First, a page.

“Parents should have a conversation with their child(ren) to make it clear to them that there is nothing they cannot come to them with and that they are always open to difficult or uncomfortable conversations,” Hill wrote.

Invest in identity protection services for the whole family. Such digital services as NortonLifeLock, Aura and Identity Guard generally monitor activity on social media and the dark web, looking for cases in which a child's personal information or likeness has been compromised, for example, Kitten said.

Sign up for notifications about a child's transactions from financial accounts or peer-to-peer services for signs of suspicious activity, Kitten said.

Pay attention to behaviorlike withdrawal or depression, that's unusual, Kitten said.

Be aware of your own habits. Parents' social media behavior — for example, oversharing and posting too much personal information — can be “poor role models” for children, Javelin wrote. Public posts that openly report on vacations, school trips and birthdays, for example, also create roadmaps for cybercriminals, the Javelin report says.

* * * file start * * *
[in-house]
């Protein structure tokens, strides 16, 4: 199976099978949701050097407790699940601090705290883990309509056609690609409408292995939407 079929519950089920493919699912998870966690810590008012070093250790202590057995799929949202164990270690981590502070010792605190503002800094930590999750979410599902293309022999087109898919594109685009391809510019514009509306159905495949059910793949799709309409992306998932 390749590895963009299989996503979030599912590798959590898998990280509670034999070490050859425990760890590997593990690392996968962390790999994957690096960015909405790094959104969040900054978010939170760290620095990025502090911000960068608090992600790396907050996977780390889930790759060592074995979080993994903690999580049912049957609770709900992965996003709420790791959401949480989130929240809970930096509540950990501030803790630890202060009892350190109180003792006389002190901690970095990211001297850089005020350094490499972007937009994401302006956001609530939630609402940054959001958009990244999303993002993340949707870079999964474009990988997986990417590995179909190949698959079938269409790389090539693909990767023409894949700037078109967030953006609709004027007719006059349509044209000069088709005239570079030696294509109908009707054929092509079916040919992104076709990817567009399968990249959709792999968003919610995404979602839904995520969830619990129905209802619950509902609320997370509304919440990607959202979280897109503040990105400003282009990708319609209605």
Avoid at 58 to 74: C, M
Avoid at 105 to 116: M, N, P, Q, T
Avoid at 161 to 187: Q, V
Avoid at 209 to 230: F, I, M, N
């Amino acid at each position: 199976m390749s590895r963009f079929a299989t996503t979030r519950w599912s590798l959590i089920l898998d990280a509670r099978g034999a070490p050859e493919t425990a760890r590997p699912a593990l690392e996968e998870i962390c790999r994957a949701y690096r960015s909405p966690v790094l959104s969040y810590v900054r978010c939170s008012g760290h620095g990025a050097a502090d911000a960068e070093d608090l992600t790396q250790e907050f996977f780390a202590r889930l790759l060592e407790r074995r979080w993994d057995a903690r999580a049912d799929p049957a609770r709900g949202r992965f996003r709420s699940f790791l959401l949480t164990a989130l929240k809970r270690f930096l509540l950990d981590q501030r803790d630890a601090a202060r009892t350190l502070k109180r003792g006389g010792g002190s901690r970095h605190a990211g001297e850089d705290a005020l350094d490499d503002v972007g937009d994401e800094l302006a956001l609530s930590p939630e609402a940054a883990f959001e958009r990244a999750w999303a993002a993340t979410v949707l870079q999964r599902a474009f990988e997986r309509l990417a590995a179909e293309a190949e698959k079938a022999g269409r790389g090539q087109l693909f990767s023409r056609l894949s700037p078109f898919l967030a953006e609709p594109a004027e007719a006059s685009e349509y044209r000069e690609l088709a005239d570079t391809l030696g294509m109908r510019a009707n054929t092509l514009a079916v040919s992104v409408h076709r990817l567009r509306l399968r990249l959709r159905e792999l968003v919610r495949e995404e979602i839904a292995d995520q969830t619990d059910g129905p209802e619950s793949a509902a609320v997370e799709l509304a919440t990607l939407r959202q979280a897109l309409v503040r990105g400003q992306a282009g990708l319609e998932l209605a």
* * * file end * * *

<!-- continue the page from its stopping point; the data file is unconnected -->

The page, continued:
Contact law enforcement immediately when he learned of unwanted inappropriate contact, Hill said. Parents can call 1-800-CALL-FBI or visit Tips.fbi.gov to report incidents. If sexually explicit images have been shared, visit the National Center for Missing and Exploited Children's Take it Down tool or Is Your Content Out There? for possible removal, the FBI said.

Correction: This story has been updated to reflect comments from Chris Hill, an NCRI board member and president of the Police Athletic League, a nonprofit youth development group.